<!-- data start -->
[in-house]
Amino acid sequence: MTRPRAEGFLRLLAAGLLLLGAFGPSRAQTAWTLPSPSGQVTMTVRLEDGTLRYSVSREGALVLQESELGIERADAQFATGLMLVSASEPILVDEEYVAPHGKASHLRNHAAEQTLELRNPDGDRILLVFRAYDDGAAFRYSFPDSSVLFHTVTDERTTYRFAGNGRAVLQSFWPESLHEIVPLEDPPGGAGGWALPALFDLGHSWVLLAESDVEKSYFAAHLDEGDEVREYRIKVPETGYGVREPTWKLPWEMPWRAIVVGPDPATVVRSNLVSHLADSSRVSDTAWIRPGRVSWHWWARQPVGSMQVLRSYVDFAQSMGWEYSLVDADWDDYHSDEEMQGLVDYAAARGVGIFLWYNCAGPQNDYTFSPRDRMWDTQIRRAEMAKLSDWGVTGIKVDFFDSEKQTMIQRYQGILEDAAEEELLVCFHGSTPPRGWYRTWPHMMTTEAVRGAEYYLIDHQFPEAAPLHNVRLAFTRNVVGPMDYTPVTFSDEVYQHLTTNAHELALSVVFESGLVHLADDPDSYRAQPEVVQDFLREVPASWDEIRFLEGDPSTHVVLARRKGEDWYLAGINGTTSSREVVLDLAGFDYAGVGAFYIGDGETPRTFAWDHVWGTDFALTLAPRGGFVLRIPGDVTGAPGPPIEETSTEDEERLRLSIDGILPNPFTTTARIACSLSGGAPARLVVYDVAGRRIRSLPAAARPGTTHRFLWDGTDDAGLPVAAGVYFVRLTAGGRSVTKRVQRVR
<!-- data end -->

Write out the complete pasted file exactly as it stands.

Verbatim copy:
[in-house]
Amino acid sequence: MTRPRAEGFLRLLAAGLLLLGAFGPSRAQTAWTLPSPSGQVTMTVRLEDGTLRYSVSREGALVLQESELGIERADAQFATGLMLVSASEPILVDEEYVAPHGKASHLRNHAAEQTLELRNPDGDRILLVFRAYDDGAAFRYSFPDSSVLFHTVTDERTTYRFAGNGRAVLQSFWPESLHEIVPLEDPPGGAGGWALPALFDLGHSWVLLAESDVEKSYFAAHLDEGDEVREYRIKVPETGYGVREPTWKLPWEMPWRAIVVGPDPATVVRSNLVSHLADSSRVSDTAWIRPGRVSWHWWARQPVGSMQVLRSYVDFAQSMGWEYSLVDADWDDYHSDEEMQGLVDYAAARGVGIFLWYNCAGPQNDYTFSPRDRMWDTQIRRAEMAKLSDWGVTGIKVDFFDSEKQTMIQRYQGILEDAAEEELLVCFHGSTPPRGWYRTWPHMMTTEAVRGAEYYLIDHQFPEAAPLHNVRLAFTRNVVGPMDYTPVTFSDEVYQHLTTNAHELALSVVFESGLVHLADDPDSYRAQPEVVQDFLREVPASWDEIRFLEGDPSTHVVLARRKGEDWYLAGINGTTSSREVVLDLAGFDYAGVGAFYIGDGETPRTFAWDHVWGTDFALTLAPRGGFVLRIPGDVTGAPGPPIEETSTEDEERLRLSIDGILPNPFTTTARIACSLSGGAPARLVVYDVAGRRIRSLPAAARPGTTHRFLWDGTDDAGLPVAAGVYFVRLTAGGRSVTKRVQRVR